Perhaps another 10 minutes of runtime with better pacing would have helped the film stick the landing better.  You can definitely tell that they’re trying to cram a whole novel into 90 minutes and it doesn’t always work.  The movie sets up important characters and plot lines that you can tell probably have a lot more detail in the book, but here they just feel rushed and tacked on.  It begs the question, if they didn’t have time to focus on a certain subplot, why include it at all?

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Kurtwood Smith is an incredibly talented actor, and he’s playing a very fascinating, conflicted character. But he’s absolutely wasted, only appearing in a single scene and never being seen again, as if the film forgot.

Art Imitates Art Imitates Art
When the trailer first came out, there was a viral Twitter post where someone complained that it looked too much like Stranger Things.  Clearly they weren’t aware of King’s original novel or the previous adaptation, but the comparison isn’t that far off.  Eleven’s storyline from Stranger Things definitely feels inspired by the original “Firestarter” novel.  But in a weird way, this movie seems like it’s borrowing some visual/aesthetic cues from Stranger Things in return.

Firestarter (2022) is set in modern day, but has a very 80s vibe in terms of its synth music, which by the way is amazing (compliments of John and Cody Carpenter).  Although it doesn’t all work to its advantage.  In an attempt to seem more mysterious, the film is shot in very low lighting and it makes for an incredibly washed out picture that’s hard to see, even in the complete darkness of a movie theater.

The fire itself is also very hit or miss.  A lot of it is done via CGI (for obvious safety reasons), but it’s not always the best CGI.  And when it’s coming from Charlie directly, it looks like a much lower budget version of Scarlet Witch and her distinct red colored magic we see coming out of her hands.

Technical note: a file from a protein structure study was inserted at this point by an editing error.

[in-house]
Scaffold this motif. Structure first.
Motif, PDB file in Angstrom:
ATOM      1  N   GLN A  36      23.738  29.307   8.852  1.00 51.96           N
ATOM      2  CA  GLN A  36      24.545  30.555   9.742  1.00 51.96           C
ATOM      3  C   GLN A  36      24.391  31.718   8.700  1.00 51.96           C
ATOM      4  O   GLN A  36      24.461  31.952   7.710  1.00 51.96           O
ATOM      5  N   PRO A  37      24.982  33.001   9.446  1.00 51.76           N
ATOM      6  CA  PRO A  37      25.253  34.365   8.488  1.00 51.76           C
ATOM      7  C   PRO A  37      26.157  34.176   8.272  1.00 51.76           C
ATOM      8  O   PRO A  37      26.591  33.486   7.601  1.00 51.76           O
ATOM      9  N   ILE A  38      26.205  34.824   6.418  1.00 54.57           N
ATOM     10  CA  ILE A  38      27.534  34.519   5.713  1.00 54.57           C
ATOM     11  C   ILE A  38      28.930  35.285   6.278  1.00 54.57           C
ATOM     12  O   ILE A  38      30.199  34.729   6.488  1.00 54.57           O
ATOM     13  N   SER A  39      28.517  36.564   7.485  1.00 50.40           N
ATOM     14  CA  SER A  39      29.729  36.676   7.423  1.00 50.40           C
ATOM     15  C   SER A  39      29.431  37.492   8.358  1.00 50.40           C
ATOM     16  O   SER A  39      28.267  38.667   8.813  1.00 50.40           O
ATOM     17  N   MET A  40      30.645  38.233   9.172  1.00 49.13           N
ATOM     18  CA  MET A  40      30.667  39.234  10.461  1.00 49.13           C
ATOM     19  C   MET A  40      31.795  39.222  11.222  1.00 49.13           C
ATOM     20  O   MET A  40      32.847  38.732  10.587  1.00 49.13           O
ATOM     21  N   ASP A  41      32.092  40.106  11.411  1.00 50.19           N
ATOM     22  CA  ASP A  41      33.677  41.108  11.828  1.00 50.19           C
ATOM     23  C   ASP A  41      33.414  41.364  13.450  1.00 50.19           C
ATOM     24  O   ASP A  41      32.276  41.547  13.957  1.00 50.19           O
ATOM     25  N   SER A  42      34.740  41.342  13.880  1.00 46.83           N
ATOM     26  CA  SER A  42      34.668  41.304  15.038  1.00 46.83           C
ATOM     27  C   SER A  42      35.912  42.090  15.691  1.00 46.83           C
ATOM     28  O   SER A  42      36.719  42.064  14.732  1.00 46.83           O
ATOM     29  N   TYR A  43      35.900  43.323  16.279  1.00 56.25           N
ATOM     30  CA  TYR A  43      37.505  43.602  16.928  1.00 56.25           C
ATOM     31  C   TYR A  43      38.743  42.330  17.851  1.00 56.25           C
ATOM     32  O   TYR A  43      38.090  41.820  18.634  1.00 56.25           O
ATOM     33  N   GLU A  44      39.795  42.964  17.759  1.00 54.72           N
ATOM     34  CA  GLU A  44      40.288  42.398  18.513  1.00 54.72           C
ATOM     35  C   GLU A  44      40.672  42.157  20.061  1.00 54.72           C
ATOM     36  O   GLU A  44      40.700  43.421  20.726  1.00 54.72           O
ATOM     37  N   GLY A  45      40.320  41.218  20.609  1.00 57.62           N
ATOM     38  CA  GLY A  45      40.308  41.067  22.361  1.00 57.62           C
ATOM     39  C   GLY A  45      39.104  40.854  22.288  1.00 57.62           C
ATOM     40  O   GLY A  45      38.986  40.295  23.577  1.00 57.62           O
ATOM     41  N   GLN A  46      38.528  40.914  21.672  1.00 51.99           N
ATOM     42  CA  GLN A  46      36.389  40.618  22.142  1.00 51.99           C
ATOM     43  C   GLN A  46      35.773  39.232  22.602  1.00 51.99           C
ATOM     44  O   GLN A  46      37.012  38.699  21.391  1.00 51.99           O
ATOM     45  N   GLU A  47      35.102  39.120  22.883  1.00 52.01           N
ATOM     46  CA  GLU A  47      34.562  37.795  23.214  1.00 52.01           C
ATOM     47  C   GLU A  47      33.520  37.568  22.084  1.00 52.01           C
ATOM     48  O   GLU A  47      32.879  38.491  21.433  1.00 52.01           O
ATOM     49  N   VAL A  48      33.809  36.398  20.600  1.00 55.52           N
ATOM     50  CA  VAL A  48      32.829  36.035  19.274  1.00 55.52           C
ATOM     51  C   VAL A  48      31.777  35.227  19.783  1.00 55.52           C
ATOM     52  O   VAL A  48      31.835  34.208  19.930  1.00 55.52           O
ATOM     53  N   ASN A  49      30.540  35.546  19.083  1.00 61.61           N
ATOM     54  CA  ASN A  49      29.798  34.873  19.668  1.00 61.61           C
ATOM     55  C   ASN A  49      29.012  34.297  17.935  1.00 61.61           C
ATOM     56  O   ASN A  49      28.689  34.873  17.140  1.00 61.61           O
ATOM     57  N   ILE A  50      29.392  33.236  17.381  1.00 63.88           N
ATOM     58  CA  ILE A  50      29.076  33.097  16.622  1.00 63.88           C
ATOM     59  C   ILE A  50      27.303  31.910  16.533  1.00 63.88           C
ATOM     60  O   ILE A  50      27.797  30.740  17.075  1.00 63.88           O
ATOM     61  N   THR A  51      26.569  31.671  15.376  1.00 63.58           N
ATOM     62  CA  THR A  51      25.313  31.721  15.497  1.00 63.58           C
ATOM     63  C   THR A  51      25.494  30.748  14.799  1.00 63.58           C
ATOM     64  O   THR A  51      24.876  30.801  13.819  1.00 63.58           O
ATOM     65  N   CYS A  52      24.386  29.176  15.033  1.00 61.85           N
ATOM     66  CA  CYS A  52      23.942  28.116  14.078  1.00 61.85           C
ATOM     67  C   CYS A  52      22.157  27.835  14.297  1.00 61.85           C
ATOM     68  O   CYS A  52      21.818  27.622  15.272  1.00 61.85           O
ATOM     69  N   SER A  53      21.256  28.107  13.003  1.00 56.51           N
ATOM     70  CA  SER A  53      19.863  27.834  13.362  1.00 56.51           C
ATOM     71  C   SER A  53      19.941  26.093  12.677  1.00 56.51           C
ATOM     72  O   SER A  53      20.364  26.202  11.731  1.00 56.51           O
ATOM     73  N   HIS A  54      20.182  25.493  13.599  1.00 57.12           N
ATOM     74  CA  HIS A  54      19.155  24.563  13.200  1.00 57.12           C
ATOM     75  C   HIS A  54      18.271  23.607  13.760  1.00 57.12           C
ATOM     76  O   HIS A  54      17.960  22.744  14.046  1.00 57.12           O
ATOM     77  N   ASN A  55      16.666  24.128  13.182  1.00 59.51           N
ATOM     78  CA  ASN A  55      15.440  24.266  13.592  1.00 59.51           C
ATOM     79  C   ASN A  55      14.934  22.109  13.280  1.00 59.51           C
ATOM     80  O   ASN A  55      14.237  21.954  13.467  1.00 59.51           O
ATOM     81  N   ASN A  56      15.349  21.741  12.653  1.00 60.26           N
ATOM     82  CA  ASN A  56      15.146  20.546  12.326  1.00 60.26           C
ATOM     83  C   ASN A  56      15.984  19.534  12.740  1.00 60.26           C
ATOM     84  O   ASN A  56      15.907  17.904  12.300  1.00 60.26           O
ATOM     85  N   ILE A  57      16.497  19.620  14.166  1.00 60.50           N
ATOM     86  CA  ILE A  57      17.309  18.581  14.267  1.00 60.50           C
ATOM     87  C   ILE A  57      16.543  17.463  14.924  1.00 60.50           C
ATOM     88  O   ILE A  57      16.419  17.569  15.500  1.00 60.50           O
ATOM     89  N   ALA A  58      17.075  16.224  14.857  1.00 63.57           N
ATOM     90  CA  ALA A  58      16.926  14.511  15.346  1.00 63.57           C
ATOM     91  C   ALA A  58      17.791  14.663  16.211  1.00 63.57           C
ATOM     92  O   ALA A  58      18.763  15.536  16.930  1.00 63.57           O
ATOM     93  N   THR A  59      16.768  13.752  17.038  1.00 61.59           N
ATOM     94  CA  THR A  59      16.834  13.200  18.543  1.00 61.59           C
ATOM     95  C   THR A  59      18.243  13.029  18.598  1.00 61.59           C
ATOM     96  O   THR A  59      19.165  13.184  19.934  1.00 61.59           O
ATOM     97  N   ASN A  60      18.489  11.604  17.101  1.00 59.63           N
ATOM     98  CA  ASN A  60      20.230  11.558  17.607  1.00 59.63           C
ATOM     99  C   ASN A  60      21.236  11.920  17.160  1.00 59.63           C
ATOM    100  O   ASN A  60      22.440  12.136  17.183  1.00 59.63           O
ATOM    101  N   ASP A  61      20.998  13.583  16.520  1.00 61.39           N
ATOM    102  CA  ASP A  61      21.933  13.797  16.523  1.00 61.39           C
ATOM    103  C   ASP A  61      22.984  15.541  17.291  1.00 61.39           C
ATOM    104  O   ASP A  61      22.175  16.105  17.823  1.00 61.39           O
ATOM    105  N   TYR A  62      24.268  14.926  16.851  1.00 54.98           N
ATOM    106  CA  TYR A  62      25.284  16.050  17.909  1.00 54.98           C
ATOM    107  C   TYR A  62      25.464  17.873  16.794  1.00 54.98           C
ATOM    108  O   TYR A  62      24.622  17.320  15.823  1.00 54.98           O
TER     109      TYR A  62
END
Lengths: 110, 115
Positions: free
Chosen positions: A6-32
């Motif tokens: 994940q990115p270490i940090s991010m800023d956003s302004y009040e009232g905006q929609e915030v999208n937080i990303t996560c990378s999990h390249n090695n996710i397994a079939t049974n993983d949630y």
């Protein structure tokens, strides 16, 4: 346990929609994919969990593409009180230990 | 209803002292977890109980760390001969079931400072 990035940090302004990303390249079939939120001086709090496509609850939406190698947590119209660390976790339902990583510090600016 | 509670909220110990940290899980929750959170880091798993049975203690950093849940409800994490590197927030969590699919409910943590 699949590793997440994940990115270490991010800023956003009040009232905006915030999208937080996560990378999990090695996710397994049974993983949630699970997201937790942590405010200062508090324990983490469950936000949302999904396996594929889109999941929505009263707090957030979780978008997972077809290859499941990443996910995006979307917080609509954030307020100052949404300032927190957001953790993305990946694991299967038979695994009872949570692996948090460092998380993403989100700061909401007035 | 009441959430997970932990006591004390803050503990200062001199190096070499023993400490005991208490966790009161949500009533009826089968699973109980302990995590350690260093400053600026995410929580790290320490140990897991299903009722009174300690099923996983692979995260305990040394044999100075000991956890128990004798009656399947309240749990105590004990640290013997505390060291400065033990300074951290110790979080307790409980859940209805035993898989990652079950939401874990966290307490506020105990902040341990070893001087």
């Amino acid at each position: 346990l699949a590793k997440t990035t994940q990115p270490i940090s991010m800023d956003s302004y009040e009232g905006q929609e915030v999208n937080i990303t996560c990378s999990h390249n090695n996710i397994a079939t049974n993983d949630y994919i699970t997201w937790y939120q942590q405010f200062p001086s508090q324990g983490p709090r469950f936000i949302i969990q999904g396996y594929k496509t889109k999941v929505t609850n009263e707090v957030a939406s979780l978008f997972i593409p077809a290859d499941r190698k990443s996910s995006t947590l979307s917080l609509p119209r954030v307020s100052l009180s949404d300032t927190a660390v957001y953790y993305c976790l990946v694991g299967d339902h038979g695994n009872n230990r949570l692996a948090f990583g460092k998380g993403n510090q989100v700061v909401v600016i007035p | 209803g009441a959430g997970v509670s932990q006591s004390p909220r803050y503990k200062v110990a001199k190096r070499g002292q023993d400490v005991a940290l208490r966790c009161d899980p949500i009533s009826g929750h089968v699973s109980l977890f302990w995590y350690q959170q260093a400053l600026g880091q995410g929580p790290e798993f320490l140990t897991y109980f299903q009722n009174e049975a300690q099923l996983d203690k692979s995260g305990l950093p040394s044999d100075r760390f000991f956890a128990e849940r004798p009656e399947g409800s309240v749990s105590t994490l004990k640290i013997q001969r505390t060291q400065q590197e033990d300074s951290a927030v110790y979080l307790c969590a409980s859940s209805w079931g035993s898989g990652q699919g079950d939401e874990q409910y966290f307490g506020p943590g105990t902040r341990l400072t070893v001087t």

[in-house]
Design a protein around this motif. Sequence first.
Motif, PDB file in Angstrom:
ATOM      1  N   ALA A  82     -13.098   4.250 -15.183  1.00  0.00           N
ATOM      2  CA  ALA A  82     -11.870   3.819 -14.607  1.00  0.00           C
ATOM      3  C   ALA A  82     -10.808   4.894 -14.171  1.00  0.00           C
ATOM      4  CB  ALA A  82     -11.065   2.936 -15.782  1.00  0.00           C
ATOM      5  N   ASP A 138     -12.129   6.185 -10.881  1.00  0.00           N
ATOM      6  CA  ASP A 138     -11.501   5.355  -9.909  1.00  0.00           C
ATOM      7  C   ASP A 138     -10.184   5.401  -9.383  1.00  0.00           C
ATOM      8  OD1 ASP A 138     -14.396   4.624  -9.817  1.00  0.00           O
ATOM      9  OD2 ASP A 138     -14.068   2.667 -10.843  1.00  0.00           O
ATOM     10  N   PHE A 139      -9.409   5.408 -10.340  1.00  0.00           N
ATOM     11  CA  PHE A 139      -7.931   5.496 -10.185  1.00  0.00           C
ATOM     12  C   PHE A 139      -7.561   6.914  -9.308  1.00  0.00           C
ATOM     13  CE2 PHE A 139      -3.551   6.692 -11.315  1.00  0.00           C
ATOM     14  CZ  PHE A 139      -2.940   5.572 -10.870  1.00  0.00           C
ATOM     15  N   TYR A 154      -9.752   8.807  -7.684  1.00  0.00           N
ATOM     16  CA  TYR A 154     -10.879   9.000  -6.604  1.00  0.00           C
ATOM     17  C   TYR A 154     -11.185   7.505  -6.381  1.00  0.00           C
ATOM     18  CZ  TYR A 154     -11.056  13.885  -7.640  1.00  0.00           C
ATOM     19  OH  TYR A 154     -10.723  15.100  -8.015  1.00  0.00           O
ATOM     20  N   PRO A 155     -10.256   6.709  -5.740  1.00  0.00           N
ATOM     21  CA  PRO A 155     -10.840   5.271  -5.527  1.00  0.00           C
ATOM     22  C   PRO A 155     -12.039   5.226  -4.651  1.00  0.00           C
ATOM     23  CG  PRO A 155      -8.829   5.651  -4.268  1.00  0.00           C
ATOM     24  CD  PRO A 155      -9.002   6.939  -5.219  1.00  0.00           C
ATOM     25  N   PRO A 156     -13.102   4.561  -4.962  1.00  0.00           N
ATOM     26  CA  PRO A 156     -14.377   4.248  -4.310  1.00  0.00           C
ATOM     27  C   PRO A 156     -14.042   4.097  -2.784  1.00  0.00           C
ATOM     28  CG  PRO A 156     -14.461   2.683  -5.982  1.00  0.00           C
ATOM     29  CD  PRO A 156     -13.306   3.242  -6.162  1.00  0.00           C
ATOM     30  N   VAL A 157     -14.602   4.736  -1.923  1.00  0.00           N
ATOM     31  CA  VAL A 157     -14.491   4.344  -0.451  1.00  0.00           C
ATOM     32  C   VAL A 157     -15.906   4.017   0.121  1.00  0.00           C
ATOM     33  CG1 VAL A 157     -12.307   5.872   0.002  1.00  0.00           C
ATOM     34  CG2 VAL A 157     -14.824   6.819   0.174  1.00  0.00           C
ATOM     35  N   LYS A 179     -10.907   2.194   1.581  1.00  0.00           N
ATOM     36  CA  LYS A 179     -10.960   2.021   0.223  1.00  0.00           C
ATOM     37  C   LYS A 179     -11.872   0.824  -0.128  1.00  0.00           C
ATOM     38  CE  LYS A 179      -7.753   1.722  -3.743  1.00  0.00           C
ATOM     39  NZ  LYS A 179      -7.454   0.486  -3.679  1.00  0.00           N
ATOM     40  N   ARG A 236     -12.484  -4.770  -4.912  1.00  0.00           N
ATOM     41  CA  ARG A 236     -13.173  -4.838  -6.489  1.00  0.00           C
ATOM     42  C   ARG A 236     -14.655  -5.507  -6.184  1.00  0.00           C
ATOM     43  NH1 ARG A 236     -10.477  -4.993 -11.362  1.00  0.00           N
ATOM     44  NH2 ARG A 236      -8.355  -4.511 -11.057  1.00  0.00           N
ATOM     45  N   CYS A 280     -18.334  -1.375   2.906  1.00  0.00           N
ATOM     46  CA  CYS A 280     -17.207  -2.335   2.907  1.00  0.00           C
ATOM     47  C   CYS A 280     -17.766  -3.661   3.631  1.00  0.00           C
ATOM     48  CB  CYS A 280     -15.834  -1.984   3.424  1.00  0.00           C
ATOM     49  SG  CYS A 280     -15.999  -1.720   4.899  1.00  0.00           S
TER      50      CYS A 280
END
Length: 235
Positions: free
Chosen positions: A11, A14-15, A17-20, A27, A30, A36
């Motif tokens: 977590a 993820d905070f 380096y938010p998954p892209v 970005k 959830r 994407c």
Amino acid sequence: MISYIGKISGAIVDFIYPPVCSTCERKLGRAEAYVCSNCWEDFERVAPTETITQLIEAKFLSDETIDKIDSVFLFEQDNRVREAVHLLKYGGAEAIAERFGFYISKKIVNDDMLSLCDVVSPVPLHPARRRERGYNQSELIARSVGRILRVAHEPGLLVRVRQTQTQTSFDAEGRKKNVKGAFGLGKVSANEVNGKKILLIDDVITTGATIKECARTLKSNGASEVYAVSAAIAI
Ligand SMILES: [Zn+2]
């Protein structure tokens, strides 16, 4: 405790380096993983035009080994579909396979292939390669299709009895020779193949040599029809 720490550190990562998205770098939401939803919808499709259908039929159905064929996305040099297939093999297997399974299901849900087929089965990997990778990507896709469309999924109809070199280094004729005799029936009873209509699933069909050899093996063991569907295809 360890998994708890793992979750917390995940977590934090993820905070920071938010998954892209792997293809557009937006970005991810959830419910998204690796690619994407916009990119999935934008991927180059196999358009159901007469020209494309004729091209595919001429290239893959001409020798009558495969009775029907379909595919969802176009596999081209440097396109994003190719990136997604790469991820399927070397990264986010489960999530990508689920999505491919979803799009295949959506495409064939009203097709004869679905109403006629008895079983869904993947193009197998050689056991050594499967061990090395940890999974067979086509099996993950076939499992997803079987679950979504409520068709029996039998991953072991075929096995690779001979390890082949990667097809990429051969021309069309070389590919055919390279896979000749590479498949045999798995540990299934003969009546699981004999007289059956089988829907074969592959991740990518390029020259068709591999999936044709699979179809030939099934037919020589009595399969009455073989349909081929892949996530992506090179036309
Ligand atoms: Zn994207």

Blumhouse thrives with lower budget horror, and the type of CGI required for this comes with a higher price tag.

While it is very much a mixed bag, this doesn’t take away from some genuinely great performances by all involved.  Zac Efron has certainly come a long way since High School Musical and demonstrated that he has serious acting chops (look no further than his chilling performance as Ted Bundy).  But Ryan Kiera Armstrong deserves special recognition above all.

Between this and American Horror Story: Double Feature, Armstrong is already making a name for herself in horror. And in both performances, she demonstrates an inner conflict and propensity to just be a savage force to be reckoned with.  A lot of child actors are very hit or miss, and she’s definitely the former.

Overall, Firestarter has a lot going for it: great performances, a killer soundtrack, and scenes of brutal intensity that will make you gasp.  But it also suffers from some very shoddy pacing, and just isn’t shot very well from a visual perspective.  It’s not the best Stephen King adaptation, but it is far, far from the worst!

What did you think of Firestarter?  How did you like it compared to the 1984 film and King’s source novel? Let us know in the comments!